A frightening Islamic militant organization sweeps across a vast swathe of contested territory, participating in widespread violence and atrocities; and considered a reaction to Western intervention and appeared insults to their religion. Despite the shocking portrayals in the press, they are quickly and utterly defeated by vastly superior military technology. This story would be just as familiar to a reader in 2014 as it would be in 1899. The militants/paramilitary/terrorists/evildoers who burn our flag ISIS organization bears striking resemblance to a revolt in Anglo-Egyptian dominated Sudan during the late 19th century, known to historians as the Mahdist War. Both organizations had aspirations of world domination, driven by a romantic and violent narrative of history, with delusions of apocalyptic violence. Obviously, the Mahdist Revolt was unsuccessful in toppling the late 19th century British Empire, and it seems likely that ISIS will be unsuccessful in the destruction of American military hegemony in early 21st. This article will discuss the important parallels between these two organizations, both set against the greater narrative of British and American Imperial declines.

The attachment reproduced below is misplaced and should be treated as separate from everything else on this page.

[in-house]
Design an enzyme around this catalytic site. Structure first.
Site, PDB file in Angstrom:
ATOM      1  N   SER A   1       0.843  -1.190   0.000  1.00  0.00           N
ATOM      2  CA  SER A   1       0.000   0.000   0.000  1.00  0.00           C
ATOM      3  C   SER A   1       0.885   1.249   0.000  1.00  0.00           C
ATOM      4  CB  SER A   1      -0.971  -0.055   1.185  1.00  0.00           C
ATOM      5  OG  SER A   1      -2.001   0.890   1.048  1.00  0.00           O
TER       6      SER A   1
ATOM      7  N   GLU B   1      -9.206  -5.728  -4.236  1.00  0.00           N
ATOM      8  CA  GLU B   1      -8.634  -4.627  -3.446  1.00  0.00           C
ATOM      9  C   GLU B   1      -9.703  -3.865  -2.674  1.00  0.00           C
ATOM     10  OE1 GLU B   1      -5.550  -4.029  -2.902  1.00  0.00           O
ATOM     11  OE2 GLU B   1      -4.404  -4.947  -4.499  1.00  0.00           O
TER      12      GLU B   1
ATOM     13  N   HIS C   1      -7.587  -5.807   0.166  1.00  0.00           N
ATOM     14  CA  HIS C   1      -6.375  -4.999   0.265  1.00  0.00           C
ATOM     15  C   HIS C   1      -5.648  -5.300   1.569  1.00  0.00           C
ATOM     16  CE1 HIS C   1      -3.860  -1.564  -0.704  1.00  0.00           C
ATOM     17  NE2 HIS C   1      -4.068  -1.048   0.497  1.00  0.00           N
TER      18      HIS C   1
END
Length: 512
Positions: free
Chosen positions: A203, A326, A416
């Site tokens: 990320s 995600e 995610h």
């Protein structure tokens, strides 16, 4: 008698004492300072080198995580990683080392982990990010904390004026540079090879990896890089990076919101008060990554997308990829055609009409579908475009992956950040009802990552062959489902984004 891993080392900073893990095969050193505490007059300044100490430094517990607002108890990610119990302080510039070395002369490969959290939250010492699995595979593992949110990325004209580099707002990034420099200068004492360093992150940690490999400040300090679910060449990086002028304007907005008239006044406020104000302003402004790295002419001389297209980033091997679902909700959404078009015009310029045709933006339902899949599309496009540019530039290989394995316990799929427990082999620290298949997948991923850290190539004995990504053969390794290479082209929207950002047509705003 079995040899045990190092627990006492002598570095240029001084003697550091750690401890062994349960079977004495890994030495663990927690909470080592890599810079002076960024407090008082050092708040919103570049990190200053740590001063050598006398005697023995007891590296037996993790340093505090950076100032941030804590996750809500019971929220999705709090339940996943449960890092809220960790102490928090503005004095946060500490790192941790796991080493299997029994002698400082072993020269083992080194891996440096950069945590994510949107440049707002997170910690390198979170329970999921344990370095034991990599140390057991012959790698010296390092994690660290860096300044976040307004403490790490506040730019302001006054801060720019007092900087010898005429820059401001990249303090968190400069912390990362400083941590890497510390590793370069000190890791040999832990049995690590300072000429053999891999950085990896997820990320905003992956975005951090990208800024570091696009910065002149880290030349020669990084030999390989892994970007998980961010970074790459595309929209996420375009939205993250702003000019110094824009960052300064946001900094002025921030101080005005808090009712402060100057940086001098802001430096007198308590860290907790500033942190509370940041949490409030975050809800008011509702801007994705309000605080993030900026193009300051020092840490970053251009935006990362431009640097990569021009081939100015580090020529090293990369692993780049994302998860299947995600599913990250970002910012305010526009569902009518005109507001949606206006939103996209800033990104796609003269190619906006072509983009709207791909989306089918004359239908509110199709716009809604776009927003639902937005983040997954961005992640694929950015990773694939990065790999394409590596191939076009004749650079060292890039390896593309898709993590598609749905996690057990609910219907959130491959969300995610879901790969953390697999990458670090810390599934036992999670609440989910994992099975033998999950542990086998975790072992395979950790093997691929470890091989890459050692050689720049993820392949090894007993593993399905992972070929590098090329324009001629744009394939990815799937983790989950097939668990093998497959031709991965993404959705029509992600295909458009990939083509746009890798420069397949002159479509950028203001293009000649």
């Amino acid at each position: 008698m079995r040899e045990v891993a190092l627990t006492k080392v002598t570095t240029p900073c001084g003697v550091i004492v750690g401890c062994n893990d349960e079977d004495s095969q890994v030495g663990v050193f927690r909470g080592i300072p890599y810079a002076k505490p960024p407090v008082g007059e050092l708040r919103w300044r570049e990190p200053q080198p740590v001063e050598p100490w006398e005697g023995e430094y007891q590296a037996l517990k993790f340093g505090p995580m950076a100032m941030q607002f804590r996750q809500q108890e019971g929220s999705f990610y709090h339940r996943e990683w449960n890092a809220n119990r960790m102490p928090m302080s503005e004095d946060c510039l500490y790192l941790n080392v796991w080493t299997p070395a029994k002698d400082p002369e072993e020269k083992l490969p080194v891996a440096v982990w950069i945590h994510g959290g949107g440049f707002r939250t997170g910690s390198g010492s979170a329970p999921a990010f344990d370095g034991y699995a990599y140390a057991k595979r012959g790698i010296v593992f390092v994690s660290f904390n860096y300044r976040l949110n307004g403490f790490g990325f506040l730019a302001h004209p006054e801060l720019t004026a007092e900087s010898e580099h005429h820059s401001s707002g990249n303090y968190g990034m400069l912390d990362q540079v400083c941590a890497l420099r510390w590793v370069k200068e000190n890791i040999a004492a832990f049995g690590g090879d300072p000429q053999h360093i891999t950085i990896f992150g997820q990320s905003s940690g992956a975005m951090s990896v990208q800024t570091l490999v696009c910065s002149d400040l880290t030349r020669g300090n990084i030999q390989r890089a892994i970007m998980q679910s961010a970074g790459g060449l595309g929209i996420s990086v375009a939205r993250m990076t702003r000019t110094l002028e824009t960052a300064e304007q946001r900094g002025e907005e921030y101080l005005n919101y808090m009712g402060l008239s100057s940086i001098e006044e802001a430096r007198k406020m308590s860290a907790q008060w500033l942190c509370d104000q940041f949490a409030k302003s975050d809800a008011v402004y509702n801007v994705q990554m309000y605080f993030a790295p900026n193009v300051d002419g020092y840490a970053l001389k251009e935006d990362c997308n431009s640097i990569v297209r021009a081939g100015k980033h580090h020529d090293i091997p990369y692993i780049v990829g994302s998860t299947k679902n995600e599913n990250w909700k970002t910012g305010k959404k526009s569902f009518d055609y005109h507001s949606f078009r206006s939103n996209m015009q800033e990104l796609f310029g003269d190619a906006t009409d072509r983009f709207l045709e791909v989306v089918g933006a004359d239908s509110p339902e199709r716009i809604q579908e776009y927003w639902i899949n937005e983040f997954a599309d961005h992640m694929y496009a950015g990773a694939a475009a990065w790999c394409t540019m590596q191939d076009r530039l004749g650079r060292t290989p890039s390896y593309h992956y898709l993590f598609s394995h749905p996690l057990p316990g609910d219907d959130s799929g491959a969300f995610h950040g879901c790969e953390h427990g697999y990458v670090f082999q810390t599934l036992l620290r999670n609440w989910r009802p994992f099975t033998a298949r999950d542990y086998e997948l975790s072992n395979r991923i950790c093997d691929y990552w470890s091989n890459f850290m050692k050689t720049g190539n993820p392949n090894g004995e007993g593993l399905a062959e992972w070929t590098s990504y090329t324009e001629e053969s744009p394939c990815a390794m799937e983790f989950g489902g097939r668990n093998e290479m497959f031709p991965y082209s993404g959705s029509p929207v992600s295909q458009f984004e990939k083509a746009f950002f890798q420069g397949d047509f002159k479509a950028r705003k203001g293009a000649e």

The building of the Suez Canal was an important event in maritime and world history. Hitherto, British fleets would sail around the continent of Africa in order to reach the colonial possessions in the Indian Raj. A British puppet state existed in Egypt, while Imperial interests dominated the increasingly important Canal. Egypt invaded and conquered Sudan in the mid-nineteenth century in order to control the strategic Nile River, their rule in Sudan was perceived as inept and corrupt by the local populace. Egyptian authority in Sudan gradually collapsed in the wake of a radical and apocalyptic-minded Islamic revolt. This was lead by Muhammad Ahmad, who claimed to be “Mahdi”, a figure in Islamic eschatology who is foretold to do battle with the Masih ad-Dajjal, a sort of Islamic Antichrist at the end of the world, who they identified as the British Empire. The Mahdists committed several atrocities throughout Sudan until they were quickly defeated by a British army under Lord Kitchener. A young Winston Churchill accompanied Kitchener’s army, afterwards he wrote an account of his experiences in Sudan, called The River War. Kitchener’s army had been sent following a debacle at the Siege of Khartoum, where a British trained and equipped army was slaughtered by the Mahdist rebels. This included the Egyptian appointed Governor General of Sudan, the British officer Charles Gordon. Gordon was beloved by the gutter press for his colourful exploits throughout the British Empire and in China.